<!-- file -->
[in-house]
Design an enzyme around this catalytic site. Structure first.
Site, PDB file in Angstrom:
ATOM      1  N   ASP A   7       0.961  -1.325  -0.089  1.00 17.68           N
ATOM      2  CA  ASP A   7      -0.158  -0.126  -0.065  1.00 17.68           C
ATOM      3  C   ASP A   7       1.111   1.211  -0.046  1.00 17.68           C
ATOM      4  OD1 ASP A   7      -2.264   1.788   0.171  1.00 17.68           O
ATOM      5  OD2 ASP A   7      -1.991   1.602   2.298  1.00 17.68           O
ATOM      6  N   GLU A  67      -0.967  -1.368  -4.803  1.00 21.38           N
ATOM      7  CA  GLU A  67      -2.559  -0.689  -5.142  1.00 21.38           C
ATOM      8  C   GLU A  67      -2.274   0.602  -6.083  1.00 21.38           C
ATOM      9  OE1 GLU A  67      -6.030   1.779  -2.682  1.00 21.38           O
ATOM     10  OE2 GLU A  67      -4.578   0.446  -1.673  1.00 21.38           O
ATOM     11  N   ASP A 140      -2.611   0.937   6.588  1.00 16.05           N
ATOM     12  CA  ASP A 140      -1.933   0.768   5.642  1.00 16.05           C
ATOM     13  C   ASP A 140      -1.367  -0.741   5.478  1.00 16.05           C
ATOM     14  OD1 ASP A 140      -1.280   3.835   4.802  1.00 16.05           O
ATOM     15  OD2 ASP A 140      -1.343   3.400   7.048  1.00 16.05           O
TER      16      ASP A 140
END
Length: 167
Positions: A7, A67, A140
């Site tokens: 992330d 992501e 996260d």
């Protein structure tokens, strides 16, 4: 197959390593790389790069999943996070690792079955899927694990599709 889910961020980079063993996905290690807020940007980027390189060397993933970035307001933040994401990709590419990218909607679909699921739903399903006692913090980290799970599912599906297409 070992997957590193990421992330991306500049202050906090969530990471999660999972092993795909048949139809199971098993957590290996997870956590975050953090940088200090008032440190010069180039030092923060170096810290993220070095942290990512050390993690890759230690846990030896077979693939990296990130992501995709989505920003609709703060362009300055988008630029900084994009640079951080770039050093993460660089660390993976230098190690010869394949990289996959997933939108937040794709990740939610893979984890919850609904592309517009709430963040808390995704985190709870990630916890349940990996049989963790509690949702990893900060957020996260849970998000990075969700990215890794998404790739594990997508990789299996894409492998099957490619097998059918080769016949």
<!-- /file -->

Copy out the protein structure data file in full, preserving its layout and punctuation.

[in-house]
Design an enzyme around this catalytic site. Structure first.
Site, PDB file in Angstrom:
ATOM      1  N   ASP A   7       0.961  -1.325  -0.089  1.00 17.68           N
ATOM      2  CA  ASP A   7      -0.158  -0.126  -0.065  1.00 17.68           C
ATOM      3  C   ASP A   7       1.111   1.211  -0.046  1.00 17.68           C
ATOM      4  OD1 ASP A   7      -2.264   1.788   0.171  1.00 17.68           O
ATOM      5  OD2 ASP A   7      -1.991   1.602   2.298  1.00 17.68           O
ATOM      6  N   GLU A  67      -0.967  -1.368  -4.803  1.00 21.38           N
ATOM      7  CA  GLU A  67      -2.559  -0.689  -5.142  1.00 21.38           C
ATOM      8  C   GLU A  67      -2.274   0.602  -6.083  1.00 21.38           C
ATOM      9  OE1 GLU A  67      -6.030   1.779  -2.682  1.00 21.38           O
ATOM     10  OE2 GLU A  67      -4.578   0.446  -1.673  1.00 21.38           O
ATOM     11  N   ASP A 140      -2.611   0.937   6.588  1.00 16.05           N
ATOM     12  CA  ASP A 140      -1.933   0.768   5.642  1.00 16.05           C
ATOM     13  C   ASP A 140      -1.367  -0.741   5.478  1.00 16.05           C
ATOM     14  OD1 ASP A 140      -1.280   3.835   4.802  1.00 16.05           O
ATOM     15  OD2 ASP A 140      -1.343   3.400   7.048  1.00 16.05           O
TER      16      ASP A 140
END
Length: 167
Positions: A7, A67, A140
């Site tokens: 992330d 992501e 996260d």
């Protein structure tokens, strides 16, 4: 197959390593790389790069999943996070690792079955899927694990599709 889910961020980079063993996905290690807020940007980027390189060397993933970035307001933040994401990709590419990218909607679909699921739903399903006692913090980290799970599912599906297409 070992997957590193990421992330991306500049202050906090969530990471999660999972092993795909048949139809199971098993957590290996997870956590975050953090940088200090008032440190010069180039030092923060170096810290993220070095942290990512050390993690890759230690846990030896077979693939990296990130992501995709989505920003609709703060362009300055988008630029900084994009640079951080770039050093993460660089660390993976230098190690010869394949990289996959997933939108937040794709990740939610893979984890919850609904592309517009709430963040808390995704985190709870990630916890349940990996049989963790509690949702990893900060957020996260849970998000990075969700990215890794998404790739594990997508990789299996894409492998099957490619097998059918080769016949």